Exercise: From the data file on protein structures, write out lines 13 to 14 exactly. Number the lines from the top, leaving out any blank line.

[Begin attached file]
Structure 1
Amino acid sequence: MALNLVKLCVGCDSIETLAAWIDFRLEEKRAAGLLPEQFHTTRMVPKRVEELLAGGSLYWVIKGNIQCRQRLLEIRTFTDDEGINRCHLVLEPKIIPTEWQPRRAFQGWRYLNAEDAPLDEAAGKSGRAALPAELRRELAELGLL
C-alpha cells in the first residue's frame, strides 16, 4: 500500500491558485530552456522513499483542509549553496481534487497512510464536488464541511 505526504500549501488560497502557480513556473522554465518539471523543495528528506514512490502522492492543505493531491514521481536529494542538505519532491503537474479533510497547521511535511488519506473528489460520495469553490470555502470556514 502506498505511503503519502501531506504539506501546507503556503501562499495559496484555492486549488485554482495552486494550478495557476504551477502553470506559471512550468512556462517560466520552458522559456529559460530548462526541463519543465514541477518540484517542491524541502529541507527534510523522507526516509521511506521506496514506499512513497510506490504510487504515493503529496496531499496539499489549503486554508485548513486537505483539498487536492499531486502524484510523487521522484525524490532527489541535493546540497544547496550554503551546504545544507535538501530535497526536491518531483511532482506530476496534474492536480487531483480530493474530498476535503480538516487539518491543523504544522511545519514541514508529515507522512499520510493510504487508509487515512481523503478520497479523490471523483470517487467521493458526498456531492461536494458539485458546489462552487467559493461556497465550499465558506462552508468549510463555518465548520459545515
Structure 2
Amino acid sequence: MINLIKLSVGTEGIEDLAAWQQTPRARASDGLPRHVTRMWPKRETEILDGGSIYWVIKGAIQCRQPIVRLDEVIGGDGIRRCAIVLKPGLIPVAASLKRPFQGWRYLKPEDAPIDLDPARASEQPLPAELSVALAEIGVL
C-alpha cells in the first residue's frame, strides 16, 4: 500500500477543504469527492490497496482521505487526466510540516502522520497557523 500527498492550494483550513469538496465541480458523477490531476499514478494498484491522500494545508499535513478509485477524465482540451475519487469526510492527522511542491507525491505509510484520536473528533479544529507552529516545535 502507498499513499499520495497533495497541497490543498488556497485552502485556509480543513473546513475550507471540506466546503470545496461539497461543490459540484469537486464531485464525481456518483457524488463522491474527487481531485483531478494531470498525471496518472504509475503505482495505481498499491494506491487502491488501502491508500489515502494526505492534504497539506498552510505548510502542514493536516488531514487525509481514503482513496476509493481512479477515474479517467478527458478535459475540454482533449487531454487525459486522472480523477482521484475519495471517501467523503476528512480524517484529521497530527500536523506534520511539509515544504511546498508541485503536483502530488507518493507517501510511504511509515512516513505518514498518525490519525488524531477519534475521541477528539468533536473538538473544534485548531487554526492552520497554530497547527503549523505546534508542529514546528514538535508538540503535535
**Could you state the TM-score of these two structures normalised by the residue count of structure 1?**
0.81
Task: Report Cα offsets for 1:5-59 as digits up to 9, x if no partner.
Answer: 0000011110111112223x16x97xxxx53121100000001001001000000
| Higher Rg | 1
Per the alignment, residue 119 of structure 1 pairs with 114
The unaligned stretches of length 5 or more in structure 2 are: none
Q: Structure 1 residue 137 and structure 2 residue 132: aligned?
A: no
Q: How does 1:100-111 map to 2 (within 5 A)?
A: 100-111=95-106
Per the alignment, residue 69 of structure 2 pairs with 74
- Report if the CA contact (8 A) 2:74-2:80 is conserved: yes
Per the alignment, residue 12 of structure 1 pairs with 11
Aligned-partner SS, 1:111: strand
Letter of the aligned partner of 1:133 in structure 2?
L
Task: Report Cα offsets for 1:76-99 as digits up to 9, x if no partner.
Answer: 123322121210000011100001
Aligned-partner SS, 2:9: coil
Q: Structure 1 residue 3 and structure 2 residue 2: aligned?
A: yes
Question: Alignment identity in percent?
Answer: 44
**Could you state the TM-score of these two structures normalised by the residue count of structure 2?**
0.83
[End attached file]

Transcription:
The unaligned stretches of length 5 or more in structure 2 are: none
Q: Structure 1 residue 137 and structure 2 residue 132: aligned?